What a revolution it represented, then, that the Second Vatican Council said in UR 3:
Of the elements or blessings by which, taken together, the Church herself is built up and given life, some, indeed very many of them, and outstanding ones, can exist outside the visible boundaries of the Catholic Church: the written Word of God, the life of grace, faith, hope and charity, and other inner gifts of the Holy Spirit and visible elements. All these things, which come from Christ and lead to him, belong by right to the unique Church of Christ.
More than a few of the sacred actions of the Christian religion are also carried out among the brethren separated from us, and these, in various ways according to the different condition of each Church or Community, can without doubt really generate the life of grace and must be said to be capable of opening the way into the fellowship o f salvation.
These separated Churches and Communities, even if we believe they suffer from certain lacks, are not deprived of significance and weight in the mystery of salvation. For the Spirit of Christ does not refuse to use them as means of salvation whose power derives from the fullness of grace and truth which was entrusted to the Catholic Church.
Put simply, the Council was in effect saying that a Lutheran, say, is not saved in spite of his being Lutheran (as we were taught), but precisely because of the ecclesial elements that the Lutheran Church had retained.
What, then, of the Catholic Church’s claim to be the one in which Christ’s Church was said to “subsist” (LG 8)? The Decree on Ecumenism explains it further on in the same paragraph:
Only through the Catholic Church of Christ, which is the general help toward salvation, can the fullness of the means of salvation be attained (UR 3).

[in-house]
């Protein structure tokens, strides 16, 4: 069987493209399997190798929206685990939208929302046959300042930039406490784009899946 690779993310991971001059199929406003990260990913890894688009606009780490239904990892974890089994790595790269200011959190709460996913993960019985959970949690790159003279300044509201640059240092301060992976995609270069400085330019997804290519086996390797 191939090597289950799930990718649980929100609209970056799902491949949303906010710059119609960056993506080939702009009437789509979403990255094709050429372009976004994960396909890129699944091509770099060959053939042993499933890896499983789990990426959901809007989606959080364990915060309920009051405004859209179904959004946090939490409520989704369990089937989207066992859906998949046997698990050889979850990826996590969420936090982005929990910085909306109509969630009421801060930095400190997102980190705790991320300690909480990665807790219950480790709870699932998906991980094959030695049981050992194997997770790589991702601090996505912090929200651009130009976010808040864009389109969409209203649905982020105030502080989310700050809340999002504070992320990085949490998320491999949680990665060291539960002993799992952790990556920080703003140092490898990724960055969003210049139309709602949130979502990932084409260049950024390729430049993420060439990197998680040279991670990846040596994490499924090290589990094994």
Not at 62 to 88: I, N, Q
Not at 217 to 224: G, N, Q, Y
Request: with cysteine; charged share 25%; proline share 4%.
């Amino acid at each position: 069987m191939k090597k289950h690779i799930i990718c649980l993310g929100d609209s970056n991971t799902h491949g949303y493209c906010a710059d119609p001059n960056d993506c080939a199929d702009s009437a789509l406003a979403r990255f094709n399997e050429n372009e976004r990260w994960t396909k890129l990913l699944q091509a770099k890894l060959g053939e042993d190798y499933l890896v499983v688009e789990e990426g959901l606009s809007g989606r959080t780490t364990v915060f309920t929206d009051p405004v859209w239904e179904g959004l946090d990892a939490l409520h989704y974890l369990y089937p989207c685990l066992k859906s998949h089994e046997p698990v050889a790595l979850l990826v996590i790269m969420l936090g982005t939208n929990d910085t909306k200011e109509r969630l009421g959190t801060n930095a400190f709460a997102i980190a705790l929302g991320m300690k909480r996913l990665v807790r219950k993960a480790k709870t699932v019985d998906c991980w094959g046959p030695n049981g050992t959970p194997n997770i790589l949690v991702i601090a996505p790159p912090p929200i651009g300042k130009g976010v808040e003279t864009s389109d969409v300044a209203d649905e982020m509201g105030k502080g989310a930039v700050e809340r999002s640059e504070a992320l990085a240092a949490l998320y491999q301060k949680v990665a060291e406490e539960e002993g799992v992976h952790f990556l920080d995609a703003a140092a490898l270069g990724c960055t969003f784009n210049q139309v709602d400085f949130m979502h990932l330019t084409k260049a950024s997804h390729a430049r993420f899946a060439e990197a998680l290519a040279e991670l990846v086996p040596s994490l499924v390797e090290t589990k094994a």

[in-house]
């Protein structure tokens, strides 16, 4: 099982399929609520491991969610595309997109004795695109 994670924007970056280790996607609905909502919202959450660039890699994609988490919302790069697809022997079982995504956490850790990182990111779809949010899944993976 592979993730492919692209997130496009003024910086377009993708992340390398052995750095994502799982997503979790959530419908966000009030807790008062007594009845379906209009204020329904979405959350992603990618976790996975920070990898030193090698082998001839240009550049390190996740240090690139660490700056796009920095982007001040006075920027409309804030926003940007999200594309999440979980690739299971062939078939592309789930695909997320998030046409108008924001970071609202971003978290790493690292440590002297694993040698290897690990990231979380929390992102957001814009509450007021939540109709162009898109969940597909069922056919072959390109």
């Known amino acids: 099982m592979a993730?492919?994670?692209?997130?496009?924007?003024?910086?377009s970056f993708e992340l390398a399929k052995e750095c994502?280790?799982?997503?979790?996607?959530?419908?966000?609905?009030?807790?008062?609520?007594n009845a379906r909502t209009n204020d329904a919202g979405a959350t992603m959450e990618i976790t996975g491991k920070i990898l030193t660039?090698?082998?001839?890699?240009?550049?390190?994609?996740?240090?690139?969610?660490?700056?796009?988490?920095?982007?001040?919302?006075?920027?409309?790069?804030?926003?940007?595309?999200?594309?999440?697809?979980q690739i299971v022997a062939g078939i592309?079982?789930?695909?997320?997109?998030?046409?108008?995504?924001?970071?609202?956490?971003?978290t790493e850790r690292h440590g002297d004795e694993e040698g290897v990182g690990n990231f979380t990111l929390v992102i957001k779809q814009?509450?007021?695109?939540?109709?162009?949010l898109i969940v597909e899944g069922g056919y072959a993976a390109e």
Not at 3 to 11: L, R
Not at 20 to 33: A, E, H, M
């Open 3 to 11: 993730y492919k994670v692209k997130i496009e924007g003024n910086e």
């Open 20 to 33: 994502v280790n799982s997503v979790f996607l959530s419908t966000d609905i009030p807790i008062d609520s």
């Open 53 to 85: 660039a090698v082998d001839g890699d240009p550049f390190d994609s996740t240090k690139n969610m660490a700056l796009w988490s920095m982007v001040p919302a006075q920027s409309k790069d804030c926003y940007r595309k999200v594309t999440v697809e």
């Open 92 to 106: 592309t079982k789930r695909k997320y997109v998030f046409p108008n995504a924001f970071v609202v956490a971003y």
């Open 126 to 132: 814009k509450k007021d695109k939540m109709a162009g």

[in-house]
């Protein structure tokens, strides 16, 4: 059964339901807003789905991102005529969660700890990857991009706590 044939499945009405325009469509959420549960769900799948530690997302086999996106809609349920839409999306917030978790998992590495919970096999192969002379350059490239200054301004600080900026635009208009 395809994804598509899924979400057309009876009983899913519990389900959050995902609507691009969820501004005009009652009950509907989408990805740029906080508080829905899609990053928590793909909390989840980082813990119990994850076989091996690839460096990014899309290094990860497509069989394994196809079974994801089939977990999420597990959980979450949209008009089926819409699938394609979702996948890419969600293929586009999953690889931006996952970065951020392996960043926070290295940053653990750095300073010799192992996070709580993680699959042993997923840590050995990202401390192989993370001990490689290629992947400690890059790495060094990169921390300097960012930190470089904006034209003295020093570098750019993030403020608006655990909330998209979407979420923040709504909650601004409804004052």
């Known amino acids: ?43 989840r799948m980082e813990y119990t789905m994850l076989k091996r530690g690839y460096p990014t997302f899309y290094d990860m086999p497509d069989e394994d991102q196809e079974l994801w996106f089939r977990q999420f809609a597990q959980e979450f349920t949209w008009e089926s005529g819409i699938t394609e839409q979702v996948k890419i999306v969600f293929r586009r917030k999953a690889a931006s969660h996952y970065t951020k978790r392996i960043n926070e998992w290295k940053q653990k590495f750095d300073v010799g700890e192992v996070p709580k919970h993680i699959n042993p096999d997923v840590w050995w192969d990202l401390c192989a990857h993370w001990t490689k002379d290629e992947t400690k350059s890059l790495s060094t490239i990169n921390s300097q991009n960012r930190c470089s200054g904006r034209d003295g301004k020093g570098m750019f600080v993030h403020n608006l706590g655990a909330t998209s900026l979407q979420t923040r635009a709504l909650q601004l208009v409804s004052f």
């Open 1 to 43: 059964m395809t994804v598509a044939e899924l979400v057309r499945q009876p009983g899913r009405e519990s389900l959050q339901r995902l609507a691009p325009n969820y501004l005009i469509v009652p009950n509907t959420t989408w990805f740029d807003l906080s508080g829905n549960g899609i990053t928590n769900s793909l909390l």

Notice that this is a statement about the means of salvation; it is not the claim that the Catholic Church better embodies the reality of Christ’s salvation than do other Churches or Communities. It is speaking about the elements that constitute the Church as an instrument of salvation, the elements that might conveniently be identified in the pillars of the Catholic understanding of the Church: the canon of the Scriptures, the Creed, the sacraments, and the apostolic ministry. It is the claim that the full list of these means of salvation can be found only in the Catholic Church.
These remarkable statements, which concentrate on what Catholics and other Christians have in common rather than on the areas where they disagree and are divided, provided the initial impetus for the remarkable engagement of the Catholic Church in an ecumenical movement from which it had fought shy for over a century.
One way in which this conciliar revolution was brought home was through “Living Room Dialogues,” little books that provided materials for groups of people from different Christian Churches to discuss together. I started such a group in a parish, and I remember some of the members remarking that although they knew one another very well on other grounds before, this was the first time they had ever engaged in conversations about their religious beliefs and practices. What twenty years earlier had been impossible was now being done, and not only in learned symposia or in parishes but in living rooms. I do not think it is too much to speak of a revolution in Catholic attitude and practice.